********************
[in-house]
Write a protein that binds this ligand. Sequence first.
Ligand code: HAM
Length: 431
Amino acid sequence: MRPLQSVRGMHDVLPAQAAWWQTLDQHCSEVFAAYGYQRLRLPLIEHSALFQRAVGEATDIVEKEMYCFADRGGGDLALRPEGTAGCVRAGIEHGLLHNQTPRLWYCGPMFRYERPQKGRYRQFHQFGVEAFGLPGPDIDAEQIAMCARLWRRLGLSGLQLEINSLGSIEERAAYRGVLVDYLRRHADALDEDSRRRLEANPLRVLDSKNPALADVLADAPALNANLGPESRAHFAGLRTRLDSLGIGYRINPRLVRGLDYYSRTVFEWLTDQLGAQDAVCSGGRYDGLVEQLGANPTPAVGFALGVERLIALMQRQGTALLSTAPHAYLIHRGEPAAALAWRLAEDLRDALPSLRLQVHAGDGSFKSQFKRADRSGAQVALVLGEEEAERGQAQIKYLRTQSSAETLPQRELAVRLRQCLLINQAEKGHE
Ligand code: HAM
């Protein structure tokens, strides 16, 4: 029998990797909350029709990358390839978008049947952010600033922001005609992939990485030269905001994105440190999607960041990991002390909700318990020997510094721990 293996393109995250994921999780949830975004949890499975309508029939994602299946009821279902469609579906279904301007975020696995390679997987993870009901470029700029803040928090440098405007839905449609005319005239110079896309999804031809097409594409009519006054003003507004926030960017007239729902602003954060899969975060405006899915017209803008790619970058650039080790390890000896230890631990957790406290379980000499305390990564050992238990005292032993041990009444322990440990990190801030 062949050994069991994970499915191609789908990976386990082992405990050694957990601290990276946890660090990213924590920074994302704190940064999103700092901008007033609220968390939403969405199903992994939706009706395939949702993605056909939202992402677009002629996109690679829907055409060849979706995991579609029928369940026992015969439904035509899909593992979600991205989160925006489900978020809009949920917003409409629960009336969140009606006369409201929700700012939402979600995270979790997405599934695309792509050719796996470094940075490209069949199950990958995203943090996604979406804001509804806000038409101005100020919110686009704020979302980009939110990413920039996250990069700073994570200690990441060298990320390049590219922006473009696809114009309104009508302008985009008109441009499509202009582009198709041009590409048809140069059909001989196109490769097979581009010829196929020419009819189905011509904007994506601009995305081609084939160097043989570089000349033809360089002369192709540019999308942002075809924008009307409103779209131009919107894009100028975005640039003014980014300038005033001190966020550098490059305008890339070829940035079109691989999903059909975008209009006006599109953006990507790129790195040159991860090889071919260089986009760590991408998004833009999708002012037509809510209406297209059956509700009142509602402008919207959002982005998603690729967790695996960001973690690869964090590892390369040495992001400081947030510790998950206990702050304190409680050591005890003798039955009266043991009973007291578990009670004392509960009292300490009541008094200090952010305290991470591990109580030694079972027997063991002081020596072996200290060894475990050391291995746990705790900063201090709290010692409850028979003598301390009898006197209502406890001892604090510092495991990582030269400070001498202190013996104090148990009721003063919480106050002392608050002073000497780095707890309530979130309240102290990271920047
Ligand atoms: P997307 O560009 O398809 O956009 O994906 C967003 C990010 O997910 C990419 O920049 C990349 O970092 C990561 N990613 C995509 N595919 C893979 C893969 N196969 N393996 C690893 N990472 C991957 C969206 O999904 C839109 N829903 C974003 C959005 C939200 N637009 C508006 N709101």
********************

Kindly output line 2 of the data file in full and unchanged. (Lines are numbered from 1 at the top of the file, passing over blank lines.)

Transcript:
Write a protein that binds this ligand. Sequence first.